No matter whether your database is operating in ARCHIVELOG or NOARCHIVELOG mode, you must minimize downtime when you perform routine backup or recovery. A NOARCHIVELOG database usually has more downtime because it relies on the capability of its hardware. The speed of backup and recovery depends on how fast your hard disk can read and write the files. However, an ARCHIVELOG database's downtime is reduced through appropriate recovery strategies. This module investigates the various methods that can be used to minimize database downtime when a recovery is required. After completing this module, you will be able to:
- List the methods for minimizing database downtime
- Start a database with missing datafiles and perform a recovery
- Describe a parallel recovery
- Reconstruct a lost or corrupted control file
- Recover a read-only tablespace
- Describe recovery issues related to read-only tablespaces
If the company database were to fail during an outage, how long would it take until the business was negatively affected?
Generally, this question can be answered by management. If all data is entered manually by data entry, the downtime could be relatively long without hurting the business operations. The business could potentially operate normally by generating orders or forms that could be entered into the database later. This type of situation could have minimal effect on the business.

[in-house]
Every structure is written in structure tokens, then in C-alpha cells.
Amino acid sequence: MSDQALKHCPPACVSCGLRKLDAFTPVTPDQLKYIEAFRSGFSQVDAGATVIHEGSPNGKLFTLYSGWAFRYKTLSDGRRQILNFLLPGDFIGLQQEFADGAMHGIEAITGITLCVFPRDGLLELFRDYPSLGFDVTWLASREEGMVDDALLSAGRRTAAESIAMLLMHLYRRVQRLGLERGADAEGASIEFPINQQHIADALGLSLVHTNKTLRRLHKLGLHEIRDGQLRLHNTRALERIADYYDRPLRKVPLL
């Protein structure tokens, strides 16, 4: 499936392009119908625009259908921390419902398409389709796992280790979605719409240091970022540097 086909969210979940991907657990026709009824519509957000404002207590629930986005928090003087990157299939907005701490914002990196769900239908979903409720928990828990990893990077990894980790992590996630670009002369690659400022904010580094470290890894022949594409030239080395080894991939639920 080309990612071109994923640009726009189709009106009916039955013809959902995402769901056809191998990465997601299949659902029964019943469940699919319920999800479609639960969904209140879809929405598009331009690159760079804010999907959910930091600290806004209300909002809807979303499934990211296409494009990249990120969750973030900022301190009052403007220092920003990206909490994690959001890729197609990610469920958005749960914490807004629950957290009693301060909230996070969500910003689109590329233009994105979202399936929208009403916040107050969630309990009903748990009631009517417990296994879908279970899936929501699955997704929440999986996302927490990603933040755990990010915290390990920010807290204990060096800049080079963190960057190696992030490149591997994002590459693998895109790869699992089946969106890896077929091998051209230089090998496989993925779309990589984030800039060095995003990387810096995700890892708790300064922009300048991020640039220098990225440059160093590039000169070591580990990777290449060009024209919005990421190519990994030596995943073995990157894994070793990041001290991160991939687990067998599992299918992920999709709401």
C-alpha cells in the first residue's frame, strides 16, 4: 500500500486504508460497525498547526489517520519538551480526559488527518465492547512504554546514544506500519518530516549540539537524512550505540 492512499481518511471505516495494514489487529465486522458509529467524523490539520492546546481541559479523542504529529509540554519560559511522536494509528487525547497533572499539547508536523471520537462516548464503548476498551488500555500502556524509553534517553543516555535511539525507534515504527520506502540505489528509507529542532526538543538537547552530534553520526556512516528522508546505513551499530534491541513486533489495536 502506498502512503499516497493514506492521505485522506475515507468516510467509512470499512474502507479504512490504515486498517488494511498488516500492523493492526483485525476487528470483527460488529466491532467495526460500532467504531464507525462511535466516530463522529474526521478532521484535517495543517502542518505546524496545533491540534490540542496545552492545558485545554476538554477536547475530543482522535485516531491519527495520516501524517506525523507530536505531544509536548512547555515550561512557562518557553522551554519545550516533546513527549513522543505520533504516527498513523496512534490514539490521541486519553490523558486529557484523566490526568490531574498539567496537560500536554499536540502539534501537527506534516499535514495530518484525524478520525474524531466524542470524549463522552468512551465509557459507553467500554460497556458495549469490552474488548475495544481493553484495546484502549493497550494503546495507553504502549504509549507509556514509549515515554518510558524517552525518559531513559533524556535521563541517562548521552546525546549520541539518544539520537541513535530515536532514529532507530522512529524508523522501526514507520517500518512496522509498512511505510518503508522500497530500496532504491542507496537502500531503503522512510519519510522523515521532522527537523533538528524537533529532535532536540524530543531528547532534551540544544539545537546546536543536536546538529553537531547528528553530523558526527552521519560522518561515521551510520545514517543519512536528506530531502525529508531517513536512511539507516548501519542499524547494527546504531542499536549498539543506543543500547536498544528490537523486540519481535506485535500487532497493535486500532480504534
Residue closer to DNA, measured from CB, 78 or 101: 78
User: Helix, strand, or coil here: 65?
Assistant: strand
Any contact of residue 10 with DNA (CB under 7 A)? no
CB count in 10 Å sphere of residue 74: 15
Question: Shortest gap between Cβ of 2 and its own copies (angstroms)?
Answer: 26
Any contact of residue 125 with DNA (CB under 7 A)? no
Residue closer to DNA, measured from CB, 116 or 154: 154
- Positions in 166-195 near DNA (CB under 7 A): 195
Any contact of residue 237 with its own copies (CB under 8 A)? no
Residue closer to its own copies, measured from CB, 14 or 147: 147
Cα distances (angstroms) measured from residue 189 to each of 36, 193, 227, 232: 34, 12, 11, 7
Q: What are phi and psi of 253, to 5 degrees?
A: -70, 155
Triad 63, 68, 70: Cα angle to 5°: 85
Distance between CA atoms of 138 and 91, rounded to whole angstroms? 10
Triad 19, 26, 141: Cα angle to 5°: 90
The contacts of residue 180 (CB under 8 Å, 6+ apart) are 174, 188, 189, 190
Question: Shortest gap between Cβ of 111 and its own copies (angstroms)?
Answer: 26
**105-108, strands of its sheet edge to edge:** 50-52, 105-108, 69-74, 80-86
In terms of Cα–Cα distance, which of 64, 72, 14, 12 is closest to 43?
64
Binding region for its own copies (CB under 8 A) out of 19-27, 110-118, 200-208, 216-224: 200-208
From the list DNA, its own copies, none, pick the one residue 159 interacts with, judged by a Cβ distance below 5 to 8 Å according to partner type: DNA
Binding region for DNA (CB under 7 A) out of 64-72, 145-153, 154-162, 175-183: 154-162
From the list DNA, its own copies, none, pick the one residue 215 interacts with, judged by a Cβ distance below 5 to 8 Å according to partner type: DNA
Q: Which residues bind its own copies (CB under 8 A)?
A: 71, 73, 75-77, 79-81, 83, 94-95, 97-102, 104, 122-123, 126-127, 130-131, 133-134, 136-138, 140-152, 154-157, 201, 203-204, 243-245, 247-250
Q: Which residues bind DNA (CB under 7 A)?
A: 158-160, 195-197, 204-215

On the other hand, a financial institution that sends and receives data electronically 24 hours a day cannot afford to be down for any time at all without impairing the business operation. The electronic transactions will be rendered unusable until the database has recovered.
After you determine how long the business could survive without a database, you can figure out the average amount of time the database could be down if it were to fail by using the (MTTR) mean time to recovery.
Recovery time depends on the read log files
- time data blocks and
- the processing time required to recover.
However, the DBA can set restrictions based on the recovery time of several seconds by setting individual parameters. LOG_CHECKPOINT_TIMEOUT limits the number of seconds between the last checkpoint and the recent redo record.
But his recovery time limit set for it are not accurate enough.
The MTTR is an average time it takes to recover from certain types of failure.
You should record each type of failure that is tested so that you can then determine an average recovery time.
The MTTR can help determine mean recovery times
for different failure scenarios.
You can document these times during your testing cycles.
The next lesson explains different methods for minimizing database downtime.